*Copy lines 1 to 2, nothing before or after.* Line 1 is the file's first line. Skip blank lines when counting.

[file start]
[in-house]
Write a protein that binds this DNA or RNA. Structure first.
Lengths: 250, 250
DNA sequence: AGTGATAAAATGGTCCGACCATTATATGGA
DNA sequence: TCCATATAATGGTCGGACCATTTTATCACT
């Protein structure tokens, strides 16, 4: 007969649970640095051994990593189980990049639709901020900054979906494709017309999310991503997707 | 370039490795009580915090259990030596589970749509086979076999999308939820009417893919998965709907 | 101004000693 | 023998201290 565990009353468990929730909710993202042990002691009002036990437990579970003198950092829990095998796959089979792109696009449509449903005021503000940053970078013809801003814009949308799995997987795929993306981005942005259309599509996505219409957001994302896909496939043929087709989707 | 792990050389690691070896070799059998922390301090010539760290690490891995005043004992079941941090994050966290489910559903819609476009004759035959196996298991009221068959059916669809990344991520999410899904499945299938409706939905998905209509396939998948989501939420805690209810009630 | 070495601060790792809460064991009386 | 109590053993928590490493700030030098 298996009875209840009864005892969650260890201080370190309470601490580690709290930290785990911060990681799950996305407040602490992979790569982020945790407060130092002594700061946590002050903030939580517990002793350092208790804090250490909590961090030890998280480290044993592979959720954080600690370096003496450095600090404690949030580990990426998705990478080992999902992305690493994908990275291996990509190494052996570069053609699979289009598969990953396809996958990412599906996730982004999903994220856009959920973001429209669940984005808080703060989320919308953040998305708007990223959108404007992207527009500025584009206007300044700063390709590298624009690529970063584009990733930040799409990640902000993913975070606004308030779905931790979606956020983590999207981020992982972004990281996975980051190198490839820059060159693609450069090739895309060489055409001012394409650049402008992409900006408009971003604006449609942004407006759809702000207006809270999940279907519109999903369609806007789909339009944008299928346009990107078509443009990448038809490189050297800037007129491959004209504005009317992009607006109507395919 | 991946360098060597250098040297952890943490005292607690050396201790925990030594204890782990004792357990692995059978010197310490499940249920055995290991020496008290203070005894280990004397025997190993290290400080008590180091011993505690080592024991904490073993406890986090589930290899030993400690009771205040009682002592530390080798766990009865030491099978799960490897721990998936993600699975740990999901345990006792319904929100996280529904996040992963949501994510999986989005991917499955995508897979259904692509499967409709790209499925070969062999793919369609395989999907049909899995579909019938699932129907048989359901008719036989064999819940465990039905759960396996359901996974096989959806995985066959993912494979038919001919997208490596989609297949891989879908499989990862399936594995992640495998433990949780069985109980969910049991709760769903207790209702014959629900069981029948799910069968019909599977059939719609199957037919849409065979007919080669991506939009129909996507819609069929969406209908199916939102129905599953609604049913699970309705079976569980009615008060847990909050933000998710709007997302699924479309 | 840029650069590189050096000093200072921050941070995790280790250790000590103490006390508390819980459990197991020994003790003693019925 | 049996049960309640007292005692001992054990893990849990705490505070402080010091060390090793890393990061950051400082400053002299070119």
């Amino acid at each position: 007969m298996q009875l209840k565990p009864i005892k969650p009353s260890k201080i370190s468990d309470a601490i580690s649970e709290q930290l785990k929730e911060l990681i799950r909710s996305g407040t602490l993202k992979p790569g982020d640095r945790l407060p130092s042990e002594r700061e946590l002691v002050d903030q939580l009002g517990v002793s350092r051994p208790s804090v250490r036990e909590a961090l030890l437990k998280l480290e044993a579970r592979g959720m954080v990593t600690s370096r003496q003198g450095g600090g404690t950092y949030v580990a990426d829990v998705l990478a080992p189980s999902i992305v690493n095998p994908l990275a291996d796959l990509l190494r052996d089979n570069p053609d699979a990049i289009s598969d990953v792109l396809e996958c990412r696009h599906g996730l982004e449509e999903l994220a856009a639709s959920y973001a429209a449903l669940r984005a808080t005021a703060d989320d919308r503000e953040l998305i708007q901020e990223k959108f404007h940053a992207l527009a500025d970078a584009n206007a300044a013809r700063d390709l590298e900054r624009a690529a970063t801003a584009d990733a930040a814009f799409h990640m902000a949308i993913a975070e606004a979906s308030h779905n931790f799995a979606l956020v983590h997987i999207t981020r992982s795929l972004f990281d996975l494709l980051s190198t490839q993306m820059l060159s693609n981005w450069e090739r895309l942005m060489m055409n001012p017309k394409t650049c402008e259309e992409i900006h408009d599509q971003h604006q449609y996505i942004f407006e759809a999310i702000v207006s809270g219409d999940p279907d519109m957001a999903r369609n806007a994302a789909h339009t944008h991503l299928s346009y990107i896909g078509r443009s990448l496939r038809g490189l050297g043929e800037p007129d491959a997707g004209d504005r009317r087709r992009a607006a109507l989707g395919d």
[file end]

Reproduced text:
[in-house]
Write a protein that binds this DNA or RNA. Structure first.